Most HR leaders agree that great mental health benefits are crucial tools to recruit and retain employees. According to the Paychex survey, about 96% of HR leaders consider employee mental health to be the responsibility of the employer.
Now more than ever, companies need to tap into the mental health benefits they offer. HR teams must ensure all employees reap the benefits of these mental health resources for maximum productivity and employee retention.
4. Lack of Support
A growing mountain of challenges, these past few years, has made HR teams across the globe feel like they’re at the end of their rope – especially due to issues like an overwhelming amount of projects and challenges associated with understaffing.
While these professionals work hard to ensure employee well-being, they often tend to neglect their well-being along the way. For instance, an HR professional might take all the necessary steps to ensure employees take advantage of the mental health benefits provided by the company but might fail to make use of these very programs for themselves.
In addition, most companies fail to factor the well-being of the HR department into the equation. When burnouts plague the HR teams, employee recruitment and retention take a hit. If neglected long enough, the challenges continue to pile up and the overall performance of the company stoops. This is why organizations must offer ample resources and support to HR professionals.
5. Compliance Issues Due to Remote Work
According to a report, about 70% of the HR leaders said the pandemic made way for the most difficult years of their career and 98% said COVID-19 had entirely transformed their role.
The ripples created by the COVID-19 pandemic demanded companies and HR teams to act swiftly to keep the business afloat and ensure the safety of employees. The arduous process brought out several permanent transformations. One of them was the compliance mechanism for employment and labor laws which was initially designed for an in-office work environment.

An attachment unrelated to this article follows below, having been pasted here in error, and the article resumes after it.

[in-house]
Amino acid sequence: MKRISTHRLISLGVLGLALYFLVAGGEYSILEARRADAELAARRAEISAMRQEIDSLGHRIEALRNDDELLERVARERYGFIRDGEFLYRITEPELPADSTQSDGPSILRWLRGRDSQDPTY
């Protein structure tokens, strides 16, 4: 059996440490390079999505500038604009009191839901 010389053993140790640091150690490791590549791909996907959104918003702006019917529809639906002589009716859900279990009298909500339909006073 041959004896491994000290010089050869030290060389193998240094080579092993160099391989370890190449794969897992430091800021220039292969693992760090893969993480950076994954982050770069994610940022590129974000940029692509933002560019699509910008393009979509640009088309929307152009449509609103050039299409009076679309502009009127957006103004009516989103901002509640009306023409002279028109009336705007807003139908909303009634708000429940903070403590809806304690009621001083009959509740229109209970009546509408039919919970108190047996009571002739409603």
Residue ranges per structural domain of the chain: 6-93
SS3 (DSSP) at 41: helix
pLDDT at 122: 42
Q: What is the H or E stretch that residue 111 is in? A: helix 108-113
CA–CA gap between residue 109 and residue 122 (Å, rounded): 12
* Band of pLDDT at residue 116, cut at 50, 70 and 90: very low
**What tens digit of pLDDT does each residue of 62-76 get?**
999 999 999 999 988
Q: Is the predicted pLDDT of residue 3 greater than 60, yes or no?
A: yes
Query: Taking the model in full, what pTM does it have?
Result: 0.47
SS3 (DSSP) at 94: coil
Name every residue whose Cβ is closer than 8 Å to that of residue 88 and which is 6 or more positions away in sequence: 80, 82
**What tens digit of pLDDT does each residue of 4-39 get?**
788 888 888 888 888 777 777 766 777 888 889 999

With the rise of covid-19 and remote work, companies across the world had to re-think their compliance system – pretty much from scratch. Employment laws including benefits, payroll, harassment, taxation, and wage and hour vary for different states. This made it extremely challenging for HR teams to track, implement, monitor, and maintain consistent compliance with these laws.
Unfortunately, most HR teams continue to struggle with compliance issues. This is mainly due to the lack of the right tools and technology that can handle such a vast diversity and ultimately lead to burnout.
How Companies Can Support their HR Team
The HR team often operates on the frontline of the company. HR employee burnout can leave a long-term negative impact on the company. Fortunately, a few small steps can help bring the HR department on track. These include:
Asking What Your HR Team Needs
The best way to support your HR department is to simply ask what they need. Conduct surveys or hold focus groups to dissect the issues they are facing and the kind of support you can extend to avoid burnout. For instance, if you find that your HR team is understaffed, put in the effort to expand it.
Boundaries are Critical
HR teams, especially the ones who work remotely, deal with burnout the most. For those who work remotely, the line between home and work often gets blurred. To ensure the well-being of your remote HR employees, it’s critical to set boundaries around the amount of time they put into the work.
Using the Right Tools Makes All the Difference
Remember, burnout can be avoided with the right tools and resources. If neglected, however, it can cause irreparable damages down the line – especially as far as compliance with employment and labor laws is concerned. For any HR professional, micromanaging a complex set of varying state laws ends up consuming a lot of time, energy, and resources.
This is where the need for VirgilHR’s SaaS solution – which enables HR professionals to remain compliant with labor and employment laws – comes in. It enables HR teams to deliver against HR compliance effortlessly and in an organized manner. The result? The risks and liability associated with employment and labor laws come to a minimum regardless of how complex the workforce becomes.
If you want to take a massive burden off your HR department’s back so they can shift their focus towards more important strategic objectives in the company, you can reach out to VirgilHR now!